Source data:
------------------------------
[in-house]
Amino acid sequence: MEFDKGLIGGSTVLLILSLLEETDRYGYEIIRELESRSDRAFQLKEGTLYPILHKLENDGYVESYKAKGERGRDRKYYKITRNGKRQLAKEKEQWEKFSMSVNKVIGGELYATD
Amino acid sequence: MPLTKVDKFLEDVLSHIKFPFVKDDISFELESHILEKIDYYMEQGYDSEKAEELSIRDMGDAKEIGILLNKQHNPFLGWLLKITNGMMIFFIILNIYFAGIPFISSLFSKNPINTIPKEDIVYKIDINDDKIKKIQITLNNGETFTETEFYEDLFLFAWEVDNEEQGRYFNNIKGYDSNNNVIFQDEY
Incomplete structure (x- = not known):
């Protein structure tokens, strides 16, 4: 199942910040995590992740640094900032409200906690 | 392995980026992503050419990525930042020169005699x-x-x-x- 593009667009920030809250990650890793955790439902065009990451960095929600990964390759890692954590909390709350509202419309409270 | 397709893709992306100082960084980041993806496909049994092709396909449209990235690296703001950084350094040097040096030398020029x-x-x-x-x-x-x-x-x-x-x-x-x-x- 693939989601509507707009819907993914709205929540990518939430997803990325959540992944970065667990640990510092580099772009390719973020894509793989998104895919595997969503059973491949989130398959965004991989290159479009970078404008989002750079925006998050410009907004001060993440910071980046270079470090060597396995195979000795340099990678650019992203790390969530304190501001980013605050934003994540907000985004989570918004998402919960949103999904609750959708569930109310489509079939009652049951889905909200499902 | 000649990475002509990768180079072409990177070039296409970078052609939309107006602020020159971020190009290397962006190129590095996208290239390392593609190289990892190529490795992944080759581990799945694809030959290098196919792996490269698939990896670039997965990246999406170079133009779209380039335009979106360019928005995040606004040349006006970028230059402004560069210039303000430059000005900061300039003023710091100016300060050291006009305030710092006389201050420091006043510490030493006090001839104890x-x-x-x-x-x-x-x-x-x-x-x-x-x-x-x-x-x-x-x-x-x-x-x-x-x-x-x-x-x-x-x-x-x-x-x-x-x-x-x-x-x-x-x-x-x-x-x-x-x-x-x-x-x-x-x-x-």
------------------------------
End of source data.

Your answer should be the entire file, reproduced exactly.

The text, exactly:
[in-house]
Amino acid sequence: MEFDKGLIGGSTVLLILSLLEETDRYGYEIIRELESRSDRAFQLKEGTLYPILHKLENDGYVESYKAKGERGRDRKYYKITRNGKRQLAKEKEQWEKFSMSVNKVIGGELYATD
Amino acid sequence: MPLTKVDKFLEDVLSHIKFPFVKDDISFELESHILEKIDYYMEQGYDSEKAEELSIRDMGDAKEIGILLNKQHNPFLGWLLKITNGMMIFFIILNIYFAGIPFISSLFSKNPINTIPKEDIVYKIDINDDKIKKIQITLNNGETFTETEFYEDLFLFAWEVDNEEQGRYFNNIKGYDSNNNVIFQDEY
Incomplete structure (x- = not known):
């Protein structure tokens, strides 16, 4: 199942910040995590992740640094900032409200906690 | 392995980026992503050419990525930042020169005699x-x-x-x- 593009667009920030809250990650890793955790439902065009990451960095929600990964390759890692954590909390709350509202419309409270 | 397709893709992306100082960084980041993806496909049994092709396909449209990235690296703001950084350094040097040096030398020029x-x-x-x-x-x-x-x-x-x-x-x-x-x- 693939989601509507707009819907993914709205929540990518939430997803990325959540992944970065667990640990510092580099772009390719973020894509793989998104895919595997969503059973491949989130398959965004991989290159479009970078404008989002750079925006998050410009907004001060993440910071980046270079470090060597396995195979000795340099990678650019992203790390969530304190501001980013605050934003994540907000985004989570918004998402919960949103999904609750959708569930109310489509079939009652049951889905909200499902 | 000649990475002509990768180079072409990177070039296409970078052609939309107006602020020159971020190009290397962006190129590095996208290239390392593609190289990892190529490795992944080759581990799945694809030959290098196919792996490269698939990896670039997965990246999406170079133009779209380039335009979106360019928005995040606004040349006006970028230059402004560069210039303000430059000005900061300039003023710091100016300060050291006009305030710092006389201050420091006043510490030493006090001839104890x-x-x-x-x-x-x-x-x-x-x-x-x-x-x-x-x-x-x-x-x-x-x-x-x-x-x-x-x-x-x-x-x-x-x-x-x-x-x-x-x-x-x-x-x-x-x-x-x-x-x-x-x-x-x-x-x-």